Auckland lies at the Hauraki Gulf, and parts of the city also spread north. So, taking a ferry is a legit mode of transportation. But there is not just a ferry to connect the northern suburbs; there are also ferries to get to Rangitoto and Waiheke Islands, which are the most prominent get-away destinations for the weekend. But there is yet another island. When I took a closer look at the map, a relatively big island caught my eye: it does not only work as a barrier between the Gulf and the open Pacific, but it is also, appropriately, called Great Barrier Island. And apparently, there is also a hiking trail. The Aotea Track is a 25 km long trail that loops around the island’s rugged interior and climbs up to the island’s highest peak, Mount Hobson/Hirakimata (627 m). After doing some further research on the island, I learned that it lies about 100 km northeast of Auckland, is about the same size as Auckland, but only has a bit more than 1000 inhabitants (Auckland, on the contrary, has over 1.6 Mio inhabitants). Life on the island is often described as being „life in New Zealand many decades back „. Everyone on the island lives off the grid and produces their electricity with solar panels and wind turbines, and people have their septic tanks and wells on the property. I also learned that Aotea, the Māori name for Great Barrier Island, was exploited for its minerals and kauri trees. 

That was all I knew when I headed off to Aotea on a ferry from Auckland’s Wynyard Quarter, near downtown. But of course, I had planned the hike: I would stay for four days on the island. A few campsites and two huts must be booked in advance through the Department of Conservation. I booked one night at Medlands Beach campsite, one night in Mt. Heale Hut, and one night at the remote Green Campsite close by a southwest beach. As there is no public transportation, I mapped out a route that would include the Aotea Track, of course, but also allow me to keep myself busy hiking for four days.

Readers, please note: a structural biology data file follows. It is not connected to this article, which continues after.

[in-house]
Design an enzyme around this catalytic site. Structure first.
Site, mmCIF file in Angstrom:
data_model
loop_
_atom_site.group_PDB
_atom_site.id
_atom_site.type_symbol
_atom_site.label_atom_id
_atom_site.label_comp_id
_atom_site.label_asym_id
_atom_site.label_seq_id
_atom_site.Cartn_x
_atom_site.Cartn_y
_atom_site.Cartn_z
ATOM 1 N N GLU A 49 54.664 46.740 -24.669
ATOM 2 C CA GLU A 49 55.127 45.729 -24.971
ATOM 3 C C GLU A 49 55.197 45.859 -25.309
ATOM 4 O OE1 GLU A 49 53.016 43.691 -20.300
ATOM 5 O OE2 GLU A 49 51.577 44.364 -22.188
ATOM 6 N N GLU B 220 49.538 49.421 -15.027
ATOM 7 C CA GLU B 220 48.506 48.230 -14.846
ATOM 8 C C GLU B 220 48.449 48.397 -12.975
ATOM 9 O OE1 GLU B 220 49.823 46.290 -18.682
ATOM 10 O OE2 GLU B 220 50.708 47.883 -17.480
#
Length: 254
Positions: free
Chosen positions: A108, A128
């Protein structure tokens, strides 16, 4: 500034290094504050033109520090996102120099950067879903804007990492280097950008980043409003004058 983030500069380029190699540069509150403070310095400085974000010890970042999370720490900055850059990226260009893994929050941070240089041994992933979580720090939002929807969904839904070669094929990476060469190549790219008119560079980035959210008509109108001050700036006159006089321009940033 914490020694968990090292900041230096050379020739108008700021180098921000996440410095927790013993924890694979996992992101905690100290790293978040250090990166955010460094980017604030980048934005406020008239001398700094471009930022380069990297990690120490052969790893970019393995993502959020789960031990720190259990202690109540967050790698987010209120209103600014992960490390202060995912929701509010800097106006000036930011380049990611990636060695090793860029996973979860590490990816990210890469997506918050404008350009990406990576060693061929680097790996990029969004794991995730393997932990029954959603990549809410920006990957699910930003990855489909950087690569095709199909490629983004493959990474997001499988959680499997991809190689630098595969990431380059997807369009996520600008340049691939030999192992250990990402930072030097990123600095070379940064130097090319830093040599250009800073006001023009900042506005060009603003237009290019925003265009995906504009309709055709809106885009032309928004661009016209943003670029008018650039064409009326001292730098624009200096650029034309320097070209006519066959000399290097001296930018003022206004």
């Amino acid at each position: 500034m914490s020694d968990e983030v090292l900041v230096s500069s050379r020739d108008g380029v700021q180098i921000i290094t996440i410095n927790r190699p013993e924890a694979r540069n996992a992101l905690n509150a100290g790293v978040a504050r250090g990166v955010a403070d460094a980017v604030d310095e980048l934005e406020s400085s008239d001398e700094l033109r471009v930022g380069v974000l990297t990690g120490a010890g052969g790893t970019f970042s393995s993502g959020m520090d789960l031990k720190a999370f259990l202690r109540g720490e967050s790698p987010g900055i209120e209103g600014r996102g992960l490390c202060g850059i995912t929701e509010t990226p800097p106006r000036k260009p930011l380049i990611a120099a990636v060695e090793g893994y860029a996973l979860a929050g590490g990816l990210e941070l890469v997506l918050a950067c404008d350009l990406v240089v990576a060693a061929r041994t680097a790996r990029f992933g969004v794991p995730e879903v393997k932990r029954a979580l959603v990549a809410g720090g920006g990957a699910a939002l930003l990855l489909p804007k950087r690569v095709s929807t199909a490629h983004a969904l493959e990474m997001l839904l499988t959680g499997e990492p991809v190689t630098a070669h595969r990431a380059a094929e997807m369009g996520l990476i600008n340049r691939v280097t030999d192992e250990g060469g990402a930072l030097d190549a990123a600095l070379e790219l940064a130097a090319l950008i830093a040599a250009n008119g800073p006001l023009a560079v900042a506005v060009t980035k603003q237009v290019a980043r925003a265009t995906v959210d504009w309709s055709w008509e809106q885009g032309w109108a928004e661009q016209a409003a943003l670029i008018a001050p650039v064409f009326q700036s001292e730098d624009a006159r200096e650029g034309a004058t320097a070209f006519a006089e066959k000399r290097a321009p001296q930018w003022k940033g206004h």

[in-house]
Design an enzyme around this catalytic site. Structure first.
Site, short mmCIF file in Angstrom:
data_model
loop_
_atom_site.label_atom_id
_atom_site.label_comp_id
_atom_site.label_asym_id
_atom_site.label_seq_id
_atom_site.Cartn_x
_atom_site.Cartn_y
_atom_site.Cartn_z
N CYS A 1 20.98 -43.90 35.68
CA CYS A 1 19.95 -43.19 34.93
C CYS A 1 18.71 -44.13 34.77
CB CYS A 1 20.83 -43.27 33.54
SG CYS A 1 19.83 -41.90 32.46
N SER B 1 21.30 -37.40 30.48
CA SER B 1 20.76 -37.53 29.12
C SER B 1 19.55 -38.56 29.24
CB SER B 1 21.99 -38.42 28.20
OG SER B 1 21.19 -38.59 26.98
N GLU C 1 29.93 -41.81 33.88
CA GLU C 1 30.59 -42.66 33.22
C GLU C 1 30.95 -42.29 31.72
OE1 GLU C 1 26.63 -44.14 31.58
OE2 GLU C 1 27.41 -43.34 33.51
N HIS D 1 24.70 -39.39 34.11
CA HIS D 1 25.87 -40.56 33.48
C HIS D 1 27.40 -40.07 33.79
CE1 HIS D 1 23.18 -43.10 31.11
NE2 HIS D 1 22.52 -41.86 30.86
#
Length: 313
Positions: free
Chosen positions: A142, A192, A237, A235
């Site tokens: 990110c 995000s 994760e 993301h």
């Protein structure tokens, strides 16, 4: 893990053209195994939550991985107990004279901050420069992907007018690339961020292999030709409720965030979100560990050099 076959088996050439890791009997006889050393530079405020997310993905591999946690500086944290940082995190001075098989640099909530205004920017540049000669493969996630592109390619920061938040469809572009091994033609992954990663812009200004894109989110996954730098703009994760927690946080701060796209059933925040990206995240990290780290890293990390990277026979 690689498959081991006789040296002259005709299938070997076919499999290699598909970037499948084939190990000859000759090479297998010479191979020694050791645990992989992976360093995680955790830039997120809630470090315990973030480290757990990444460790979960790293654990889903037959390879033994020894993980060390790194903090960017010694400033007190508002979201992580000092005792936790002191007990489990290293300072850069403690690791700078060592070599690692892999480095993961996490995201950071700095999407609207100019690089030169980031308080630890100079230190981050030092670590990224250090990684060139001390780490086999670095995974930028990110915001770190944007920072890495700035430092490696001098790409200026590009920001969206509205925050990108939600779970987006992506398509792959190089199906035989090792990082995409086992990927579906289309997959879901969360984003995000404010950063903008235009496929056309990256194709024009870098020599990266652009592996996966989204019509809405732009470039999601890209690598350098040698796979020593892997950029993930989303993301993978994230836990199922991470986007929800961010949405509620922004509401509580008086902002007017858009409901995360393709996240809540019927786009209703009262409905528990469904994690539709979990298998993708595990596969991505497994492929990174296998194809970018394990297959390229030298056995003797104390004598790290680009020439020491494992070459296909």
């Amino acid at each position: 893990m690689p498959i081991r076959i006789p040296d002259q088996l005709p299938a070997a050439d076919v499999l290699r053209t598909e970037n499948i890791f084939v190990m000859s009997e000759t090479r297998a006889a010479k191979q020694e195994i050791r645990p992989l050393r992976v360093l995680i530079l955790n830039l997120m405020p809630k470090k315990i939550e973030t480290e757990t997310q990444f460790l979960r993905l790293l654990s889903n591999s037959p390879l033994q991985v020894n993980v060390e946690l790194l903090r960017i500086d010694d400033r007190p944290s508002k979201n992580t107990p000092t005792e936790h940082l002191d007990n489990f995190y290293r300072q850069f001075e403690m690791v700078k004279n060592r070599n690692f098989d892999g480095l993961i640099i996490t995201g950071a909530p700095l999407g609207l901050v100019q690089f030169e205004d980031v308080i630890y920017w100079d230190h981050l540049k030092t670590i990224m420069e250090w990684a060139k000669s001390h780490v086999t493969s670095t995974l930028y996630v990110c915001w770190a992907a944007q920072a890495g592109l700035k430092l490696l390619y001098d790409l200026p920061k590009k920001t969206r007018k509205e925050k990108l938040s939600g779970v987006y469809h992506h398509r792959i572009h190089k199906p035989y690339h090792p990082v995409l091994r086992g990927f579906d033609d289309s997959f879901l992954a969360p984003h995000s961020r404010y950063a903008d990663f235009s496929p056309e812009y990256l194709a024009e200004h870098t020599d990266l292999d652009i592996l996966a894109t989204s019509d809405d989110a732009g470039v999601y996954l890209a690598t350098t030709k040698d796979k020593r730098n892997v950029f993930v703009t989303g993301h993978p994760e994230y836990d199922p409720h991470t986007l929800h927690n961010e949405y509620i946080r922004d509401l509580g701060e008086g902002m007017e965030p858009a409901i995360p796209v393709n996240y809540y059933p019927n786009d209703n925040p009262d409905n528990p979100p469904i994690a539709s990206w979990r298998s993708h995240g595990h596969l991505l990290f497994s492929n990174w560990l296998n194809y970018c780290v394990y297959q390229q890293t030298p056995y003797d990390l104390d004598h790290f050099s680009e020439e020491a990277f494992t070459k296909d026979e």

Oh my, already, the ferry ride was amazing! There were about ten passengers on the boat, a handful of cars, and everything was very low-key. All of us were sitting together in front of the boat, enjoying the marvelous weather. 4.5 hours, we cruised through calm waters and even spotted a couple of whales, a little penguin that swiftly dived under the boat when seen, and many water birds. I liked the atmosphere: people were chatting and sharing stories. Connel, a kiwi, just bought some land on „the Barrier“, and now brings over vehicles and a crew of people who will help him to tame his land. He was excited and spoke enthusiastically about the island, even though he hadn’t been there for a few years. Eventually, we made it to the port on Barrier. A few houses were shattered along the coastline, hiding behind big trees. The water was of an unreal turquoise color. I was in super high spirits and started walking along the road. My first day would be roughly 12 km: along the shore to the tiny town of Tryphena, up and over a mountain range, and descending towards Medlands Beach, all road walk. Halfway down, I got the first glimpse of Medlands Beach! A storm-tossed Pacific Ocean beats the land and rolls its waves onto an easily 2 km long and wide beach. And my campsite was only 100 m inland from that beautiful place. Quickly I set my tent and made my way to the empty beach to spend the rest of the day there. 

The following day I was headed towards Mt Heale Hut, just shy of Hirakimata’s peak. Most of the day was road-walking, and when I eventually reached the trailhead of Aotea Track, I continued on the soft forest ground and made my way uphill on literally a couple of thousands of steps. Having arrived at the hut, I understood why this one was rated as one of the most scenic huts in Aotearoa. Build on a saddle just below the peak of the islands‘ highest mountain, views towards the north unfold. By having a pleasant conversation with two kiwi hikers also staying in the hut, I finished off the day.